Key Points:

It is the world's smallest self-governing state, with a population of just 1,400 and few resources other than fish and coconuts. But the South Pacific island of Niue believes it can set an example by becoming the first country in the world to go smoke-free.

There are about 250 smokers on Niue, a speck of coral with a GDP of barely $6,000 per person, and local officials say the cost of treating smoking-related illnesses is placing a heavy strain on the health budget.

Sitaleki Finau, Niue's director of health, is backing a bill to prohibit smoking and the sale of tobacco in public areas and private homes.

The bill has been presented to parliament, but the Government has not yet signed up to it.

Dr Finau said he expected a ban to face stiff opposition from the tobacco industry and other commercial interests. But he urged MPs to be bold and vote for it.

"Small countries are allowed to be ambitious," he said yesterday.

"If a small country can do this, then big countries will start thinking. Imagine what that means."

Dr Finau said Australia should declare whether it could back the move and introduce export bans on cigarette companies selling the products to his island nation.

"It is about reciprocal respect for a country that goes smoke-free. Specifically, regarding Australia and New Zealand, would they observe a no-export to Niue of smokes and tobacco?" Finau said.

"It would be detrimental to our country if Australia did not," he said.

The Government would lose revenue from tobacco taxes but that would be more than offset by savings in the health budget, he said.

Like many countries, Niue - which translates as "behold the coconut" - has banned smoking in Government offices and public buildings.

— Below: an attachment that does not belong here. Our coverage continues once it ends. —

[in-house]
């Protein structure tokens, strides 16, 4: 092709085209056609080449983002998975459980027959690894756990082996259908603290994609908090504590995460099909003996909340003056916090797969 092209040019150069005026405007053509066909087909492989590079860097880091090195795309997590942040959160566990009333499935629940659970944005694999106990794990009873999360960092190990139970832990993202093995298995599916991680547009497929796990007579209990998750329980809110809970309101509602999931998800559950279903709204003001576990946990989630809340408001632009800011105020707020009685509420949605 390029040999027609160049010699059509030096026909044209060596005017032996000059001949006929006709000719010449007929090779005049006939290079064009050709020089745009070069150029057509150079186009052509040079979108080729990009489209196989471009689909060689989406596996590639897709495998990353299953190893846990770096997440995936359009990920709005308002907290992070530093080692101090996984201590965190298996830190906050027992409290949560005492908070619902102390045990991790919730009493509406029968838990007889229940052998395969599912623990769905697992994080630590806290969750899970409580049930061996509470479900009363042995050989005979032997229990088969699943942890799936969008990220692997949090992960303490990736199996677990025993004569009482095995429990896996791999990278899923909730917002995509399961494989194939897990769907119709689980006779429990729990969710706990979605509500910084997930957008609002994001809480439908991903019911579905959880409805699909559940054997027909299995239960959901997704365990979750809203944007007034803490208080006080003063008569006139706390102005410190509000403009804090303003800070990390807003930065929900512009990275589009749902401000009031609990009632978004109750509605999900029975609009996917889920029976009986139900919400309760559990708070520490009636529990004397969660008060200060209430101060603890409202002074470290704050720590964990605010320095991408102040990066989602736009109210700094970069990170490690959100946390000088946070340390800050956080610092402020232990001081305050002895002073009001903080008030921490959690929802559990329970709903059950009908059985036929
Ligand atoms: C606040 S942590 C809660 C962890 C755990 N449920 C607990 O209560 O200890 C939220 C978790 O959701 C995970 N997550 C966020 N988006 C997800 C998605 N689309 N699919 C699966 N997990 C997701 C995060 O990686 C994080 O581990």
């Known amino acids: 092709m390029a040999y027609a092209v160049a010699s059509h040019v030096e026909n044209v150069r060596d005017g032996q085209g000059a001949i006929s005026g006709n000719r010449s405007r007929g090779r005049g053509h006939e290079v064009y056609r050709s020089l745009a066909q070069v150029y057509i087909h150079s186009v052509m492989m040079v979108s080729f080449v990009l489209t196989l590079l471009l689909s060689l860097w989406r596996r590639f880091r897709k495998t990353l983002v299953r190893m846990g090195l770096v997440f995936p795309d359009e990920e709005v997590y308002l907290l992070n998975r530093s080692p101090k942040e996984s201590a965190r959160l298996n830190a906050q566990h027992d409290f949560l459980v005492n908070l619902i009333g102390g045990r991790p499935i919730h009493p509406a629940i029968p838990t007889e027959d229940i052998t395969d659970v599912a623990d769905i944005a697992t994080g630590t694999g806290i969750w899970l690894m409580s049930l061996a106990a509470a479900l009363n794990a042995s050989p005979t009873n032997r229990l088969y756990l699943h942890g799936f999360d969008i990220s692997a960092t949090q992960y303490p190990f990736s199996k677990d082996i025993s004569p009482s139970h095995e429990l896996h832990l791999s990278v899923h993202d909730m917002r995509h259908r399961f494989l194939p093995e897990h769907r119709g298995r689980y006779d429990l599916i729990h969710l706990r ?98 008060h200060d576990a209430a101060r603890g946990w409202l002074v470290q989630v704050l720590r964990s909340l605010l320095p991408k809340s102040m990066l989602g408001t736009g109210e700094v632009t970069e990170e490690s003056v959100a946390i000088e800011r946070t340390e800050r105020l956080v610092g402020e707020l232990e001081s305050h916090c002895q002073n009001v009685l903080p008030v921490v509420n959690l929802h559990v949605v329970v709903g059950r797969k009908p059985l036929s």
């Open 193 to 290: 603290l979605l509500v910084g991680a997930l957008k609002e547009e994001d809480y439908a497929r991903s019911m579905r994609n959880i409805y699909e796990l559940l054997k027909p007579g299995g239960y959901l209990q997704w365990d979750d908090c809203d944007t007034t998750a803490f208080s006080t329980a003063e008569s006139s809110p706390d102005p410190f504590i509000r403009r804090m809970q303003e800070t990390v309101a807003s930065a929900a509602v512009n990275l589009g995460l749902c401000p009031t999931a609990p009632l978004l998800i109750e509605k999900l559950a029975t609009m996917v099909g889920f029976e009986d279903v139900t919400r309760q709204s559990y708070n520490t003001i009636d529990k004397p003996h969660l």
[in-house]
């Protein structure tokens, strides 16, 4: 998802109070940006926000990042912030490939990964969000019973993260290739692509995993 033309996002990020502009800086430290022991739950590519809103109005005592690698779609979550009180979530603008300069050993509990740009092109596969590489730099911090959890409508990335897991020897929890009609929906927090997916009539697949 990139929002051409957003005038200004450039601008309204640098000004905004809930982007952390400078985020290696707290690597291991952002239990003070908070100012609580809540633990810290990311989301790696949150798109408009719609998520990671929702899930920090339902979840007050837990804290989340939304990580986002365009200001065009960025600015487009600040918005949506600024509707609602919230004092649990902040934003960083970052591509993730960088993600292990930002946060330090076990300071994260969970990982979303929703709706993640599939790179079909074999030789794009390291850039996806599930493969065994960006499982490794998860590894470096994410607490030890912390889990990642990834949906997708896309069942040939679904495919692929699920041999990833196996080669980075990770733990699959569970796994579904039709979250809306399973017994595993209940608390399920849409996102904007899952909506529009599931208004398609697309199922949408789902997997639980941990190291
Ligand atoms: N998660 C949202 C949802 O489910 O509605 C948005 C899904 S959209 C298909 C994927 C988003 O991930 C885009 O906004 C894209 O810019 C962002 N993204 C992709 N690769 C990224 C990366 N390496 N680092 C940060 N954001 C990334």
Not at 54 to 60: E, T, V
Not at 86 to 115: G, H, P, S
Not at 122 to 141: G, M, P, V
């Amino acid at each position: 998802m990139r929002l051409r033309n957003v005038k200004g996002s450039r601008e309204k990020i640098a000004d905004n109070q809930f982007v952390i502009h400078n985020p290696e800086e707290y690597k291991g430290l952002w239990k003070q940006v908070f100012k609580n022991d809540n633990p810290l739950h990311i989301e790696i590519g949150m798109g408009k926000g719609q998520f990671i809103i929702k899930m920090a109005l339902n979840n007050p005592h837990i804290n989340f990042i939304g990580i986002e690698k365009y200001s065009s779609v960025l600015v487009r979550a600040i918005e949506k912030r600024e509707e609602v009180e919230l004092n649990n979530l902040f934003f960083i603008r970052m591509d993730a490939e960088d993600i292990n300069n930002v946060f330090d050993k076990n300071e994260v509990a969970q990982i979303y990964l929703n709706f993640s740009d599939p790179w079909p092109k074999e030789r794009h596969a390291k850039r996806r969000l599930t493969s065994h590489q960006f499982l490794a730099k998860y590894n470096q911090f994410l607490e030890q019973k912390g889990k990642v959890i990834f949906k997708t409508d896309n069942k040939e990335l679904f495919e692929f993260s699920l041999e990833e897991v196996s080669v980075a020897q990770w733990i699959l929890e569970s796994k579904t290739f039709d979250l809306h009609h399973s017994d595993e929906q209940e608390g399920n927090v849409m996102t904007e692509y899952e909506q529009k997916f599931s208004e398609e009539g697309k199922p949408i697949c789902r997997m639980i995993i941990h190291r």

But outlawing tobacco would be a radical step - particularly on an island so relaxed that, according to one saying, the dogs chase the cats at walking pace.

One village, Tuapa, has already declared itself smoke-free. Tobacco is not sold there, and villagers refrain from smoking in public and during ceremonies.

Dr Finau said the Government would have to consider whether a ban infringed smokers' rights.

"There has been mixed reaction," he said.

"It's one of those difficult political issues, because there are commercial interests against it, and the Government has to look at it in relation to tax. A tobacco-free country sounds pretty straightforward and simple, but there are some complex issues involved."

No date has been set for a vote, which could be two years away.

Niue, 1,375 miles north-east of Auckland and 312 miles from Tonga, its nearest neighbour, is a former British protectorate.

Britain gave it to New Zealand as a reward for the latter's contribution to the Anglo-Boer War, but since 1974 it has been independent "in free association" with Wellington.

Those who live on the 260sq/km island regard it as a South Pacific paradise.

Beaches are heavenly, crime is non-existent, and the plentiful seafood includes crabs so large that people walk them on leashes.

The locals serenade each other on guitars while watching tropical sunsets.

Niue's problem is that, despite all that, everyone is leaving.

The population is in steep decline. It currently sits at around 1500 and some believe it has dropped below a sustainable level.

When Niue was granted independence, its people were given New Zealand citizenship and the chance to emigrate - an offer that now threatens Niue's survival.

There are 20,000 Niueans in New Zealand, and those left behind intermittently debate whether the island should rejoin its former colonial ruler.

Successive governments have failed to lure expatriate Niueans home.

The island's isolation and lack of resources make for a fragile economy and Niue is heavily dependent on New Zealand aid and foreign remittances.

Its main export is taro, a root vegetable. The capital, Alofi, has two shops.

If Niue becomes smoke-free, it may lose another 250 residents. New Zealand's anti-smoking laws are not quite so draconian.